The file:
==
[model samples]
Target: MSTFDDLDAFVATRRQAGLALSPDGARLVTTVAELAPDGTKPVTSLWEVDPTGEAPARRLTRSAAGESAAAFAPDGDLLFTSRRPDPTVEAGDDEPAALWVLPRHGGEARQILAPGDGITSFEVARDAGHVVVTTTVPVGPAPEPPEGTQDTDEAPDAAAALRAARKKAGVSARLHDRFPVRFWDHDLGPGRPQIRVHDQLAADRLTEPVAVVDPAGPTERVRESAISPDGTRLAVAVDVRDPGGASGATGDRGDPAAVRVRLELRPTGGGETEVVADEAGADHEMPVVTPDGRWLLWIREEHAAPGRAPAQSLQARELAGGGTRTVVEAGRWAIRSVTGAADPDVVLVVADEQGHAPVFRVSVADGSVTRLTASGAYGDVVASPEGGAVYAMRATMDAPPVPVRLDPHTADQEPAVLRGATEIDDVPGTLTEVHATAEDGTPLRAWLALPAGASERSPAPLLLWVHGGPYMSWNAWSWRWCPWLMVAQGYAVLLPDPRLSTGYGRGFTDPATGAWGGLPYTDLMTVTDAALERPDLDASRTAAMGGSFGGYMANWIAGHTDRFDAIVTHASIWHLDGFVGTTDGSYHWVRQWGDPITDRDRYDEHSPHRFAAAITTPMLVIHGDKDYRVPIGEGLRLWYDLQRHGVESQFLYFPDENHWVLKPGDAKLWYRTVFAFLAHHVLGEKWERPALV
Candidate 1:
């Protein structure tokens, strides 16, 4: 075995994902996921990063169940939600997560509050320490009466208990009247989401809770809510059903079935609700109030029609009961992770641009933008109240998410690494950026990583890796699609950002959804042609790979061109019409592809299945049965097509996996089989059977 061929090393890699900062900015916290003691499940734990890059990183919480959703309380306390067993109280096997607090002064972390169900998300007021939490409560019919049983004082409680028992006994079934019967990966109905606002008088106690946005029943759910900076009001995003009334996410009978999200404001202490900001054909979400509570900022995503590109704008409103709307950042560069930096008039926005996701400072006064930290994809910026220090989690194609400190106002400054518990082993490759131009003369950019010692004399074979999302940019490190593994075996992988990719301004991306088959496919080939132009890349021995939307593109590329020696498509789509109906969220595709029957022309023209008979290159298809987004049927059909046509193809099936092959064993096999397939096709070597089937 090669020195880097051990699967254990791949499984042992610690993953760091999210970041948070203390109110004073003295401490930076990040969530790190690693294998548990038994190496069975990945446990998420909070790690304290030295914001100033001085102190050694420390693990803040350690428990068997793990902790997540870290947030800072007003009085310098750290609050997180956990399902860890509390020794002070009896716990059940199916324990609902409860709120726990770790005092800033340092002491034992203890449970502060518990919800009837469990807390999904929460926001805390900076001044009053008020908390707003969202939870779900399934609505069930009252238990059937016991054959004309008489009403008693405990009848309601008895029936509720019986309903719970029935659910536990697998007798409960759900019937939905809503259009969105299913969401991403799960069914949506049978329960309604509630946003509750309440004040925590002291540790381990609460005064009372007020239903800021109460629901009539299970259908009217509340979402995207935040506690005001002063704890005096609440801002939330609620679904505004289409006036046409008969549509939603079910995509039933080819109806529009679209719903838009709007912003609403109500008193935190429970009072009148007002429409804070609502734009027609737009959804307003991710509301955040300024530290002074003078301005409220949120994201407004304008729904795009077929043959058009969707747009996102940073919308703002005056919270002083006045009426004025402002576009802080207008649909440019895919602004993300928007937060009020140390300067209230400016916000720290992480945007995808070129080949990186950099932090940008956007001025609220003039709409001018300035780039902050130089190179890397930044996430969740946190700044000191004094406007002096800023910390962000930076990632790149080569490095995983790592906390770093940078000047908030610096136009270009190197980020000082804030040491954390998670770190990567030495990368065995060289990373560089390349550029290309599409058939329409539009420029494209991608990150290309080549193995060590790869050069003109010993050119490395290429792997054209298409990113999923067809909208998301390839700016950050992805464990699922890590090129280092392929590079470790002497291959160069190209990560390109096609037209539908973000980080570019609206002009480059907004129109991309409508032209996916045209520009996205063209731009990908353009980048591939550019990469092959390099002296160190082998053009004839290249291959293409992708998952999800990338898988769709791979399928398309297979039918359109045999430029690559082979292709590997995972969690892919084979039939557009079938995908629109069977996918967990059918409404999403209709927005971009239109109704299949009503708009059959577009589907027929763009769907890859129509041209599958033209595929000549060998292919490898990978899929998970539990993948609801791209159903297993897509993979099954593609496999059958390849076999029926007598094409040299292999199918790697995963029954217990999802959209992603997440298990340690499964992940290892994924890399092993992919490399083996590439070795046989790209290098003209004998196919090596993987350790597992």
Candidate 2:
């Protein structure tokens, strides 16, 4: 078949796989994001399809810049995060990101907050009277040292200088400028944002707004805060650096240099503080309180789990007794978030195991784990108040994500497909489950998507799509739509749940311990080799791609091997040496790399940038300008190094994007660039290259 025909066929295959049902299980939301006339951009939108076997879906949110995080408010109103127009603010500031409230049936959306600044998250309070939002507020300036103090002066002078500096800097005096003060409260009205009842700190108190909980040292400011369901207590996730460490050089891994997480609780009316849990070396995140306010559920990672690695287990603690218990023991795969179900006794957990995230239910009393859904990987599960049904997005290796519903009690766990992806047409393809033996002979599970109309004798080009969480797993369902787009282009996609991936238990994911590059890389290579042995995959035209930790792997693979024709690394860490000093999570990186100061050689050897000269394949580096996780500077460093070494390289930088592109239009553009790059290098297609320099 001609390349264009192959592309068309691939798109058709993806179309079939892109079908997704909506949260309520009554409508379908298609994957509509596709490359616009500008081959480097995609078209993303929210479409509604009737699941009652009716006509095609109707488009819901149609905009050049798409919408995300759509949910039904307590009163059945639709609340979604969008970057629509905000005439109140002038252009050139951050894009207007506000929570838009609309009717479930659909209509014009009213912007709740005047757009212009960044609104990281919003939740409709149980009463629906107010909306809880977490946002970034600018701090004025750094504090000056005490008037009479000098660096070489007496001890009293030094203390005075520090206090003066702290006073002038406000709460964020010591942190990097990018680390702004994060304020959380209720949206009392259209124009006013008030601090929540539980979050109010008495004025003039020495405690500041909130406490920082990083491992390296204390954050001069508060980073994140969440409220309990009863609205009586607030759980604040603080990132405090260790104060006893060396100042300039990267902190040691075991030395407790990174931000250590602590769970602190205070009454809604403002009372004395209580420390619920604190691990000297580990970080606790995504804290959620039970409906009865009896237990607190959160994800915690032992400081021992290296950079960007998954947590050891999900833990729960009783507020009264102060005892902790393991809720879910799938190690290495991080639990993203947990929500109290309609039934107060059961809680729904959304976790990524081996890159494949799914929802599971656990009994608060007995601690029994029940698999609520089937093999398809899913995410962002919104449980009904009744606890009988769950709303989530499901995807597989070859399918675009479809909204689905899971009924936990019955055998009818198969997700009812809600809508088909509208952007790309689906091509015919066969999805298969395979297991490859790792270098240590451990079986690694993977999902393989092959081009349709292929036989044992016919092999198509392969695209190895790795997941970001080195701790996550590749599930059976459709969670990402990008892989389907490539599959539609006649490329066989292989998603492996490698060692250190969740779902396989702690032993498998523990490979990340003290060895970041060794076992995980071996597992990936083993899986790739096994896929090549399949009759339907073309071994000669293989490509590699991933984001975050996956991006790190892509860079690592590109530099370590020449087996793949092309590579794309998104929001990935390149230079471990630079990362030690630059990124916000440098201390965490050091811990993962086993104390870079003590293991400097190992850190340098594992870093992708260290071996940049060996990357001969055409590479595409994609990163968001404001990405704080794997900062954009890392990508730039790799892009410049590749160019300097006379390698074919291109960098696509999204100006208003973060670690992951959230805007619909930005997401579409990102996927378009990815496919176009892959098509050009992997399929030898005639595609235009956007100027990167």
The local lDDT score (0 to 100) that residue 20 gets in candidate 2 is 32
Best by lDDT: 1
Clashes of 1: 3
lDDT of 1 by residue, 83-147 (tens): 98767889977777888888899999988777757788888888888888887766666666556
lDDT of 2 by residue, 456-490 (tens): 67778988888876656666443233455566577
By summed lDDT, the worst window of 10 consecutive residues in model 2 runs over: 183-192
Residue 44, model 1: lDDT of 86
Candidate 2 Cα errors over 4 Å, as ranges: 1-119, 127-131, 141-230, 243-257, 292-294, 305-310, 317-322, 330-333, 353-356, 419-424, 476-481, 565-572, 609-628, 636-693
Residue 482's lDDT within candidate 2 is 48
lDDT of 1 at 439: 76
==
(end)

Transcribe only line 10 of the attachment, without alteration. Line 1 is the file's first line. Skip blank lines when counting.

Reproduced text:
lDDT of 1 by residue, 83-147 (tens): 98767889977777888888899999988777757788888888888888887766666666556